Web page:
Condition:  Good condition with some scratches on the body and on the base.  There is one noticeable 3/8" chip on the edge of the base.  There are cracks in the sulphide - which happened when it was made.
Signature:  Unsigned.  Unknown maker, but probably made by an American glass maker.  

For extra pictures, click on the picture at the right and the following links: 

Large picture of the paperweight
Closeup
Profile
Chip on edge of base
Base
Side view
SOLD.  

Click on the picture to see a larger image.

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Rare 1925 Edison Pioneers Sulphide Paperweight - Unknown Maker
2228
Antique New England Glass Company Sulphide Paperweight of Lajos Kossuth. circa 1851.  Antique Sulphide paperweight featuring Lajos Kossuth, former Governor-President of Hungary.  It is inscribed on the back "EX-GOVERNOR OF HUNGARY SET AT LIBERTY BY THE PEOPLE OF THE UNITED STATES OF AMERICA 1851".

Kossuth was a political reformer who fought for liberty for Hungary and held the office of Governor-President from April 14 to August 11, 1849.  He was appointed to this position after the declaration of Hungarian independence from the Hapsburg Monarchy.  He was widely honored during his lifetime as a freedom fighter and advocate of democracy in Europe.  He demanded parliamentary government for Hungary and constitutional government for the rest of Austria. After abdicating the post of Governor-President he was effectively under house arrest until he was allowed to leave the Ottoman Empire in September 1851 on the American frigate Mississippi.  He then toured Britain and the United States in a futile effort to get support for his cause.  He won favor in New England and souvenirs and other commemorative items were created to celebrate his visit.  This paperweight was probably one of the commemorative objects created around the time of his visit.  Some authors suggest the inscription refers to US support of his cause.  Instead, I think it may refer to his rescue from house arrest by the US. 

New England Glass Company (NEGC) operated in Cambridge, Massachusetts from 1818 to 1888.  You can read about paperweights from the New England Glass Company in the book by Hawley, The Art of the Paperweight  - The Boston & Sandwich and New England Glass Companies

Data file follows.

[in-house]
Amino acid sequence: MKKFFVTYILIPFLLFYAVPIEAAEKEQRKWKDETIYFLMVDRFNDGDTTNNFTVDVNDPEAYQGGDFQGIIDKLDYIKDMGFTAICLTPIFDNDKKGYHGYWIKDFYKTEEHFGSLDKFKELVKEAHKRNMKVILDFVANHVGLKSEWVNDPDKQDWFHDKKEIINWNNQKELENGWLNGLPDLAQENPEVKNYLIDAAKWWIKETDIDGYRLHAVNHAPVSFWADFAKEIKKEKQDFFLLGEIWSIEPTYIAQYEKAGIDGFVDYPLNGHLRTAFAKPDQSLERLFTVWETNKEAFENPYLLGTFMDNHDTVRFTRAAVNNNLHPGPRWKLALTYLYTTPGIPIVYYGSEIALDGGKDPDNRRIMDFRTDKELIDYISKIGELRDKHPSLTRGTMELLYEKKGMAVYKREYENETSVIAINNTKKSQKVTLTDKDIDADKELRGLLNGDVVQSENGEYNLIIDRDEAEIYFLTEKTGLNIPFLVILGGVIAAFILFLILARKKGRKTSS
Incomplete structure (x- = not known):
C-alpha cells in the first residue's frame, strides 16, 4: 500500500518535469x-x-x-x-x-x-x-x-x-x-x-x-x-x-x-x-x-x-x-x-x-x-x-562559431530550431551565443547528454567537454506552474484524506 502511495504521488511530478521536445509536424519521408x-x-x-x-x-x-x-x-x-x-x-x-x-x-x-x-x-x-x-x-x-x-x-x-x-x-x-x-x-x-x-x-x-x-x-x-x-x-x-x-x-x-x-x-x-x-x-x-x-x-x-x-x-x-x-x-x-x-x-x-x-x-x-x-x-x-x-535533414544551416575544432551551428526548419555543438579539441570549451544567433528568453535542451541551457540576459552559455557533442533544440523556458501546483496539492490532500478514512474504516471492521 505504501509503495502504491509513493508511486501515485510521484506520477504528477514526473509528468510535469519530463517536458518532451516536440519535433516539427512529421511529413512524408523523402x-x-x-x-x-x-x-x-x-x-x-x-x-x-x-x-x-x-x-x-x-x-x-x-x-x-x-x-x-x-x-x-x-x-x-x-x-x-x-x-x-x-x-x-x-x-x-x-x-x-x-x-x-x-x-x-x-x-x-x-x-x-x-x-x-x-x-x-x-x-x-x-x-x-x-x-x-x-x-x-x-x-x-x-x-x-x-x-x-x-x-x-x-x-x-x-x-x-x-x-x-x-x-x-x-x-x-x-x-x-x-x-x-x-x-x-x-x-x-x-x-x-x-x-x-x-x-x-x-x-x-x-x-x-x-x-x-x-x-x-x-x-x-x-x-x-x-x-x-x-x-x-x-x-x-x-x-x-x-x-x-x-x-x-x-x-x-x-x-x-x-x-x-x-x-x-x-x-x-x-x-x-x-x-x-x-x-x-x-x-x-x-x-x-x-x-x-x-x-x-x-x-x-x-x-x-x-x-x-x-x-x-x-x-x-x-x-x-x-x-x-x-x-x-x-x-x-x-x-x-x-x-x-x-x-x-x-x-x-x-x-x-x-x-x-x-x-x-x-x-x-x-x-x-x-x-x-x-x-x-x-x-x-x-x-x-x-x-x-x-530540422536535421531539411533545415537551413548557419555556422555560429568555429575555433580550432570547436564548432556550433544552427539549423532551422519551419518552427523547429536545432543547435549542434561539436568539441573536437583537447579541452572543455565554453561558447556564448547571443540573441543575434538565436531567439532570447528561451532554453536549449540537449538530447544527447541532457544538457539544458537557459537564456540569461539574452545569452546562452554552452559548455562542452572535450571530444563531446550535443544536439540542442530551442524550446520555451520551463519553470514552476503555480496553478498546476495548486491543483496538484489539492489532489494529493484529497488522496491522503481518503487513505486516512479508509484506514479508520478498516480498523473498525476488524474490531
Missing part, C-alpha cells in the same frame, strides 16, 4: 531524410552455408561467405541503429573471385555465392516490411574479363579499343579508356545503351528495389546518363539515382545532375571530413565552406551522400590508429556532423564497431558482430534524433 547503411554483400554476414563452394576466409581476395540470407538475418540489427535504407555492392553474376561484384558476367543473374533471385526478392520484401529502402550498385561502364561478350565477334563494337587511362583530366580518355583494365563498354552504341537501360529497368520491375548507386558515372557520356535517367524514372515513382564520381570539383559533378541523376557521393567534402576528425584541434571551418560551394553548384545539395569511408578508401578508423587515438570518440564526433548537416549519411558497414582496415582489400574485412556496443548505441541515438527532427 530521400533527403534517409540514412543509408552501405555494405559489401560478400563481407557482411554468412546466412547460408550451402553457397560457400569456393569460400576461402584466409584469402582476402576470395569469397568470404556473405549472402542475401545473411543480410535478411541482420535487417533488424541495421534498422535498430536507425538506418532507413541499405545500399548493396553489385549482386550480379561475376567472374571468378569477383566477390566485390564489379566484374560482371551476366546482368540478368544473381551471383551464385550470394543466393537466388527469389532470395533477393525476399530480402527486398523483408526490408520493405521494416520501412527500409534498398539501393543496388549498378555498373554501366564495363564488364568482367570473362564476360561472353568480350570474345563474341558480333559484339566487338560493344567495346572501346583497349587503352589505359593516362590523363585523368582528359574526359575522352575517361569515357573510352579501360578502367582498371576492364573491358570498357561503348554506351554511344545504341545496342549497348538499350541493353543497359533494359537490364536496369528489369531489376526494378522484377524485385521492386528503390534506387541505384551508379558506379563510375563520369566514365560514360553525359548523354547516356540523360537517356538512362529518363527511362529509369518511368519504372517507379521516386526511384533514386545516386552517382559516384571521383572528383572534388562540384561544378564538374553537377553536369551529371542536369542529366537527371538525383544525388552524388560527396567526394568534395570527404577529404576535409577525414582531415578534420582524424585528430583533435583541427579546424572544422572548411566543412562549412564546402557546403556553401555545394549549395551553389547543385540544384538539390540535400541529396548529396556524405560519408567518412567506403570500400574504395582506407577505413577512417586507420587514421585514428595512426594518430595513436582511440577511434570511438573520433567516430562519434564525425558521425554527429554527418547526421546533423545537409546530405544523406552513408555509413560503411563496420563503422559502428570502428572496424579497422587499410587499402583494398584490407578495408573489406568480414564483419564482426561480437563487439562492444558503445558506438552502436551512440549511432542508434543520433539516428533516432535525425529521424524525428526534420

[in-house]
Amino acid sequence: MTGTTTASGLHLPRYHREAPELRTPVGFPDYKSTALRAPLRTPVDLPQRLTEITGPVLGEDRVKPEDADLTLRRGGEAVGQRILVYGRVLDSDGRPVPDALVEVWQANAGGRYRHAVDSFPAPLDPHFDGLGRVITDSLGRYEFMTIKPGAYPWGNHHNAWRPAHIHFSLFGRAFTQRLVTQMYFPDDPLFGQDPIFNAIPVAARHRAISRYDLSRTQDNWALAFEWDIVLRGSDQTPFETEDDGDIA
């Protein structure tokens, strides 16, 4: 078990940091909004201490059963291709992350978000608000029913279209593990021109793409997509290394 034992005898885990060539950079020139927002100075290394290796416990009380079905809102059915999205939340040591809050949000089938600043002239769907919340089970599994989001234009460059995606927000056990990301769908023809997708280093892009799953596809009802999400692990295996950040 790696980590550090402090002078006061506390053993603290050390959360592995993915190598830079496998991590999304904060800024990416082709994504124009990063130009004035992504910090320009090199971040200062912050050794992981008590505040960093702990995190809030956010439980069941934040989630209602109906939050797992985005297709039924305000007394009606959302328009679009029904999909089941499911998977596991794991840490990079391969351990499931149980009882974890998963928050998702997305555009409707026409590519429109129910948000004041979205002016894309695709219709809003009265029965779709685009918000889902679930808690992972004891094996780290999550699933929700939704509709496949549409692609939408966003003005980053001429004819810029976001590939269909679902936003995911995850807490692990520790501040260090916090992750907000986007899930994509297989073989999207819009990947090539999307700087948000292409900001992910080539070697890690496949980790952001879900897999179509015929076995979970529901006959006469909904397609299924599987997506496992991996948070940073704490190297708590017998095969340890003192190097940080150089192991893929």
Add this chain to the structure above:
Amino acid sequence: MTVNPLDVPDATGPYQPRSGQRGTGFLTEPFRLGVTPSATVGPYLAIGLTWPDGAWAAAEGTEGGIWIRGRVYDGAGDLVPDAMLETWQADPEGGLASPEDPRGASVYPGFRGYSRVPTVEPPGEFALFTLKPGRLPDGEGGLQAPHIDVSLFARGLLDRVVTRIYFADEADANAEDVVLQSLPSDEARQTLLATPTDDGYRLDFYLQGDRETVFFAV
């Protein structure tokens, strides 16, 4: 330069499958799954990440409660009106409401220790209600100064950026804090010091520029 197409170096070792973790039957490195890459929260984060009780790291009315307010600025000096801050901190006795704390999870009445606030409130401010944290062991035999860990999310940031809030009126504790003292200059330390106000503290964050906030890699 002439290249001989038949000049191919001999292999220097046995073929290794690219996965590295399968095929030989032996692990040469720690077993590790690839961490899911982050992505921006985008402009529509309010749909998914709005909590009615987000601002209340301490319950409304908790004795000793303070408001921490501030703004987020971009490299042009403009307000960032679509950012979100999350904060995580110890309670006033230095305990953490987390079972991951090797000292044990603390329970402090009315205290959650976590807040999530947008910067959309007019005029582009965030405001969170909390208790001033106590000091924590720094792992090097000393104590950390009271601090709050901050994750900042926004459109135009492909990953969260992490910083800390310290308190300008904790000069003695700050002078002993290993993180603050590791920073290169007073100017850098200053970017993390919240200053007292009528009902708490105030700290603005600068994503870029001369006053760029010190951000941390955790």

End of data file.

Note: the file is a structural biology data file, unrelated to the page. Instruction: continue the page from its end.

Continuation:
Most texts attribute this paperweight to the New England Glass Factory.  It is believed that this paperweight may have been made for the 1851 Great Exhibition at the Crystal Palace in London.  However, the attribution is subject to challenge and the precise origin of this sulphide paperweight remains elusive.  The Bergstrom Mahler Museum has an identical paperweight which they attribute to Clichy.  Hawley attributes this to NEGC in his 1997 book The Art of the Paperweight  - The Boston & Sandwich and New England Glass Companies.  However, in his latest 2011 book on NEGC, he states that no firm evidence exists for this attribution, except that the specific gravity and fluorescence match that of NEGC.  Hollister discusses this paperweight in his Encyclopedia of Glass Paperweights and also states that their is no firm evidence tying the paperweight to NEGC or any other factory.  My own opinion is that the glass quality is more typical of NEGC than the French factories.  It may have originated in Europe or at another American factory.

Ignore the glare from the lights.  It was difficult to photograph this paperweight.  The sulphide is white. 

Size:  2 9/16" diameter by 1 11/16" high.  The base is ground concave.
Condition:  Outstanding condition.  No chips, cracks or scratches.  The paperweight has been professionally restored.
Signature:  Unsigned, but I guarantee this to be an authentic antique paperweight, most likely from the New England Glass Company in Cambridge, Massachusetts.  Circa 1851
Execution:  Very good, although there are striations and bubbles in the glass.  Some of the Kossuth Sulphides have the name KOSSUTH on the edge.  It is not visible on this example. 

For extra pictures, click on the picture at the right and the following links:

Large picture of the paperweight
Close-up View
View of Back
Profile View
$295 postage paid in the US.

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Revised 6/27/2020